...and the German armour is in the open.
 Even at that the disparity between German and Russian weapons means the Russians are at a distinct disadvantage at this stage of the war but will leap ahead later on...which is no comfort to the russian tankies just now...
 Mortar fire plasters the area the long FH18's are just vacating...
 So long as the gun line holds the infantry, transport and artillery can withdraw in relative safety
"Can't see a thing!" - "Yes, sir...smoke gets in your eyes"
 ...then, one of two things will happen...
 either the Russian assault will run out of steam (ie I run completely out of Russian kit) and the Germans will hold what they plan to hold of the trench line until everyone has exited stage left pursued by a bear...
"Get Regiment on the the line..."
 ..or the German stop line will be stretched to breaking point and a general rout will presage a massacre
"Tell them we have blocked the one of the western exits"
 It seems kind of fiftyfifty at the moment. The last 30-40 Russian vehicles are on the table.
 The last of the German infantry is well dug in to the former Russian trenches. They are down to a few battalions worth of troops...
 The Russians have no worries over troop numbers. There are still at least 600 figures that still can come on plus all the infantry already committed. The problem is getting them forward. At 6" per move. It will be a long time before they get to grips with the last of the German infantry
 We began with intention of a 36 move game but after the first 24 we realised we wanted to get to a decisive conclusion and the time frame was just too tight. As you can see from this shot the visibility is restricted due to the smoke. We use an inverted periscope to check line-of-sight; invaluable on an undulating surface.

 With no physical time restriction a game can last as long as we wish. We had to move Adolf's redeployment order or it would come in the wrong sequence. So, we settled on 42 moves or the limitation of the actual kit we have...whichever comes first
 But...the German kit, like the Ferdinand, is performing so much better than expected
 ...er, most of the time...
 We have therefore, a dilemma. We have either too much German stuff for the area depicted...but not according to the stats. They tell us the Germans should have had slightly more. We left some stuff out because of space and just to make the game smoother to run eg towed a/t battalions and further German artillery and some ancillary stuff...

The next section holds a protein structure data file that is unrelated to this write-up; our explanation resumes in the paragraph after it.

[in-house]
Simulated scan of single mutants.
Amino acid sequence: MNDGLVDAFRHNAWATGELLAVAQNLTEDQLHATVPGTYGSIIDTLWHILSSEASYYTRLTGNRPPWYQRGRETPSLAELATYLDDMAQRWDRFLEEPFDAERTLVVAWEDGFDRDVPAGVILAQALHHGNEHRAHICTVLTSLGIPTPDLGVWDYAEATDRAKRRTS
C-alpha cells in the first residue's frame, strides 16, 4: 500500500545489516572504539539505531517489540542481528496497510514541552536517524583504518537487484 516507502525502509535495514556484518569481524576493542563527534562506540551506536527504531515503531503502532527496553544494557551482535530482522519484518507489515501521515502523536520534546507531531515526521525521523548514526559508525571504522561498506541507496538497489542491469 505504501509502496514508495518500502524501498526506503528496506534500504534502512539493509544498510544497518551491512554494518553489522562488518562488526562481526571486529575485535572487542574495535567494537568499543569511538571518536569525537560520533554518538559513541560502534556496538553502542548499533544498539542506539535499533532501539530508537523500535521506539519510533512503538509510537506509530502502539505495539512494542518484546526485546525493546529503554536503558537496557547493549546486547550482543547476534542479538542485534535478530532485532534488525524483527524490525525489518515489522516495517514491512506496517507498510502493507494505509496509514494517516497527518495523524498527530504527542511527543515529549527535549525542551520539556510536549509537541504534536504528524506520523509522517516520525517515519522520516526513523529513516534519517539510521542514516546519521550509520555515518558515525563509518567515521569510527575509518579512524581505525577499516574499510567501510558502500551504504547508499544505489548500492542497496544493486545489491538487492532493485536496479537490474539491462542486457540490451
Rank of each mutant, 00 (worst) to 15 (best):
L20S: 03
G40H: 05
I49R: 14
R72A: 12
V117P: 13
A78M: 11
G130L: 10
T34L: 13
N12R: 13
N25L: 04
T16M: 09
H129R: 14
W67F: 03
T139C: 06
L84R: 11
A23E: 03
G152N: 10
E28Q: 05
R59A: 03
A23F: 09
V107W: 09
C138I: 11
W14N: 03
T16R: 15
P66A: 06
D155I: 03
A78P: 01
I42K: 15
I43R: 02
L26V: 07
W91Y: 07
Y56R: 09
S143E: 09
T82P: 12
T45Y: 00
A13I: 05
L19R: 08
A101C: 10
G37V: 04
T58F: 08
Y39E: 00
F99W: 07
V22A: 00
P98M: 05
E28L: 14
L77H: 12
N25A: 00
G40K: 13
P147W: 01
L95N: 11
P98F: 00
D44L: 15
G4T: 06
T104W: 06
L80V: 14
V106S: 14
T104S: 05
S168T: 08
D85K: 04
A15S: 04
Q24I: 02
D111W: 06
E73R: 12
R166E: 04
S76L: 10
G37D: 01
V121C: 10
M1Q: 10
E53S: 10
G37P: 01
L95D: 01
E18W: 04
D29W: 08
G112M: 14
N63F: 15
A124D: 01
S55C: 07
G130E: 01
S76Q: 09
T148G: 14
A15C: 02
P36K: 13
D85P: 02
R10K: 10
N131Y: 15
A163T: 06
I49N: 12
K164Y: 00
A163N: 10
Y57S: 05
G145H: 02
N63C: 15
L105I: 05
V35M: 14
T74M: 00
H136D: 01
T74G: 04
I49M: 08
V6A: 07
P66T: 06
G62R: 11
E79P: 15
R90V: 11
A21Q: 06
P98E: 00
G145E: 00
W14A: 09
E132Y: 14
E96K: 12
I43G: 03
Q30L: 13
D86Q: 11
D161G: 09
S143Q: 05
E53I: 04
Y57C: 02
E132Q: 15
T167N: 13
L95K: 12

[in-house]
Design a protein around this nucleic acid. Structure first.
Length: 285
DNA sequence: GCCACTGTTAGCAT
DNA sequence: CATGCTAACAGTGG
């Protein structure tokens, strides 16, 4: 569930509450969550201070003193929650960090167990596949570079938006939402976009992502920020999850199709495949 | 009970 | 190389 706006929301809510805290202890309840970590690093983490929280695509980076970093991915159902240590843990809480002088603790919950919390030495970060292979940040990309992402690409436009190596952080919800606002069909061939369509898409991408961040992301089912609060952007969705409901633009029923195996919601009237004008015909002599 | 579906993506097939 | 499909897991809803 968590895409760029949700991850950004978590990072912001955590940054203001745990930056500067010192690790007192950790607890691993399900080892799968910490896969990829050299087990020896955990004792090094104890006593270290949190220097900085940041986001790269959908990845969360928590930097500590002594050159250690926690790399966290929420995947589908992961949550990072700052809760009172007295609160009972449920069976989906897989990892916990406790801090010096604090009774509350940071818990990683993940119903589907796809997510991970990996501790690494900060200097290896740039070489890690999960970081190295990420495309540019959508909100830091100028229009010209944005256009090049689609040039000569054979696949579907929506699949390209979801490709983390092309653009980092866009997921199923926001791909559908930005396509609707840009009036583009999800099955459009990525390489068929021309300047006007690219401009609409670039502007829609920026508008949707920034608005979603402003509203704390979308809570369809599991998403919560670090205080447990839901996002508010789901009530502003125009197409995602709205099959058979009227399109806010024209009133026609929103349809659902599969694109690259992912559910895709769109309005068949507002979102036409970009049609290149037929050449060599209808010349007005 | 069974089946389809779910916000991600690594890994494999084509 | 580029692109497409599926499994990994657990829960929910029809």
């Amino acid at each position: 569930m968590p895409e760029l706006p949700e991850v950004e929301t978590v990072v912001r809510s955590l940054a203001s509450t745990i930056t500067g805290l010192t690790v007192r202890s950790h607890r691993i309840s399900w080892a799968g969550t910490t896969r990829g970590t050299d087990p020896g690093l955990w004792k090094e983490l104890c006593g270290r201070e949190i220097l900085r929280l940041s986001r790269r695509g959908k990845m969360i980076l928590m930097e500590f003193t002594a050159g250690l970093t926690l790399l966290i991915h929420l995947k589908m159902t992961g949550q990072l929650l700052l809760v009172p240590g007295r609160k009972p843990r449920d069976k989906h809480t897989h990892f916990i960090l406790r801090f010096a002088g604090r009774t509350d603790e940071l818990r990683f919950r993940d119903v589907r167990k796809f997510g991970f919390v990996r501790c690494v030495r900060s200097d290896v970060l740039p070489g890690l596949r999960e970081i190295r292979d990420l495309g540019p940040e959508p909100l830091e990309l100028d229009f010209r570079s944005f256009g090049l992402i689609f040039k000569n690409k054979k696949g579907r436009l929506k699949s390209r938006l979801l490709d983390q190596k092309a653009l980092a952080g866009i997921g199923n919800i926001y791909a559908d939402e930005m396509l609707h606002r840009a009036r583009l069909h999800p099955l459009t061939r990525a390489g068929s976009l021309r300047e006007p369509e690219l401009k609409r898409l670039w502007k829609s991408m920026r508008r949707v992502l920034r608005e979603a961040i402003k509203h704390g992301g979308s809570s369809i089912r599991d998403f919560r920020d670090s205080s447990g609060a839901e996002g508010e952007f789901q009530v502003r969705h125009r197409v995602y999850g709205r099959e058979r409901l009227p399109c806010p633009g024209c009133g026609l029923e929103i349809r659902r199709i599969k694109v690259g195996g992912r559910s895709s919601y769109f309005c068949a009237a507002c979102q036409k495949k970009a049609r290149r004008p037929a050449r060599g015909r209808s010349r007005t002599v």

...or we didn't have enough Russian armour, but we're having trouble fitting it all on...which means a bigger table...
...Hmmm, now that's an intriguing thought...?

Next: The butcher's bill? Historical outcome? Lessons on conducting mega games?
Gentle reader...watch this space

Monday, 25 September 2017

Kursk - The Action Comic

Our tribute to 'Commando', 'Victor', Battle Picture Library and 'War Picture Library' et al. When you were a kid in the UK a major boost to the imagination came from comics. Colin discovered a new toy. We oooh'ed, we aaaahh'ed and we were transported back to the corner shop after the Saturday matinee where we bought our kits and figures...and our comics
We bought...
We swapped...
 We tried to recreate the daring do...
 Between the aaarghh's and aieeee's of the foe...
 We learned that the enemy saw us as 'pig dog!'....
 ...and 'swinehund'...
 and that they were mortally afraid of....
 'Achtung! Spitfire!'
 We played happily at the feet/table of our parents and grandparents
...shaking their heads in mute astonishment at our antics
Perhaps remembering themselves what is was really like
 No heroics
 No histerics
 ...and certainly no pulling the pin from a grenade with your teeth and saying something pithy as it was thrown...
 Just thinking of folk who never came back
 or came back different
 rationing...
 call up...
 air raids...

 evacuation...
...and all the inconvenient stuff us kids didn't want to know about at the time. Weirdly exciting though it was, it kept the history alive in us until we could appreciate the enormity of it all.

Thanks Colin.

Sometime we'll have to do a 'manga Napoleonic'...nuff said...